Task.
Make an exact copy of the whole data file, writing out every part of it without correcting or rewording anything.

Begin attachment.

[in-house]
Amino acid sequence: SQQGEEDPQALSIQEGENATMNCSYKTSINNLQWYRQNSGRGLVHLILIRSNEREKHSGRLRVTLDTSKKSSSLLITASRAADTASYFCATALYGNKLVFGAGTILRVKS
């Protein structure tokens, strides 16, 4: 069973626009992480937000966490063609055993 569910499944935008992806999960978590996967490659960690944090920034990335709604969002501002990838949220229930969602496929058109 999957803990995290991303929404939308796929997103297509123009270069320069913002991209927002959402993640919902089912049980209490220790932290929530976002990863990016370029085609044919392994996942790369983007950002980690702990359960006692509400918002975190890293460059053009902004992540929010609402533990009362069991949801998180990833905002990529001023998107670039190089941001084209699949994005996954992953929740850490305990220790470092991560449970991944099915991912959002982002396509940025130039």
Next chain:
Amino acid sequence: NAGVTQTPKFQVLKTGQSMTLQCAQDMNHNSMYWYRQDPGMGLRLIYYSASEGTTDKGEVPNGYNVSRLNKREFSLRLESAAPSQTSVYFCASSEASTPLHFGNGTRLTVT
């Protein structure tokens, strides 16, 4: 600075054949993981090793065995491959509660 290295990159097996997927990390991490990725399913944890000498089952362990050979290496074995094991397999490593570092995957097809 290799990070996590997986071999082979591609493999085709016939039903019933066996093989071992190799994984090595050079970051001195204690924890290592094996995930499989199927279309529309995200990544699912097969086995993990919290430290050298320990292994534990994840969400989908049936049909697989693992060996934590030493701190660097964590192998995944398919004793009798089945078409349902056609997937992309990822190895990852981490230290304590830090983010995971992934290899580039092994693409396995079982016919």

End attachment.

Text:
[in-house]
Amino acid sequence: SQQGEEDPQALSIQEGENATMNCSYKTSINNLQWYRQNSGRGLVHLILIRSNEREKHSGRLRVTLDTSKKSSSLLITASRAADTASYFCATALYGNKLVFGAGTILRVKS
């Protein structure tokens, strides 16, 4: 069973626009992480937000966490063609055993 569910499944935008992806999960978590996967490659960690944090920034990335709604969002501002990838949220229930969602496929058109 999957803990995290991303929404939308796929997103297509123009270069320069913002991209927002959402993640919902089912049980209490220790932290929530976002990863990016370029085609044919392994996942790369983007950002980690702990359960006692509400918002975190890293460059053009902004992540929010609402533990009362069991949801998180990833905002990529001023998107670039190089941001084209699949994005996954992953929740850490305990220790470092991560449970991944099915991912959002982002396509940025130039």
Next chain:
Amino acid sequence: NAGVTQTPKFQVLKTGQSMTLQCAQDMNHNSMYWYRQDPGMGLRLIYYSASEGTTDKGEVPNGYNVSRLNKREFSLRLESAAPSQTSVYFCASSEASTPLHFGNGTRLTVT
């Protein structure tokens, strides 16, 4: 600075054949993981090793065995491959509660 290295990159097996997927990390991490990725399913944890000498089952362990050979290496074995094991397999490593570092995957097809 290799990070996590997986071999082979591609493999085709016939039903019933066996093989071992190799994984090595050079970051001195204690924890290592094996995930499989199927279309529309995200990544699912097969086995993990919290430290050298320990292994534990994840969400989908049936049909697989693992060996934590030493701190660097964590192998995944398919004793009798089945078409349902056609997937992309990822190895990852981490230290304590830090983010995971992934290899580039092994693409396995079982016919």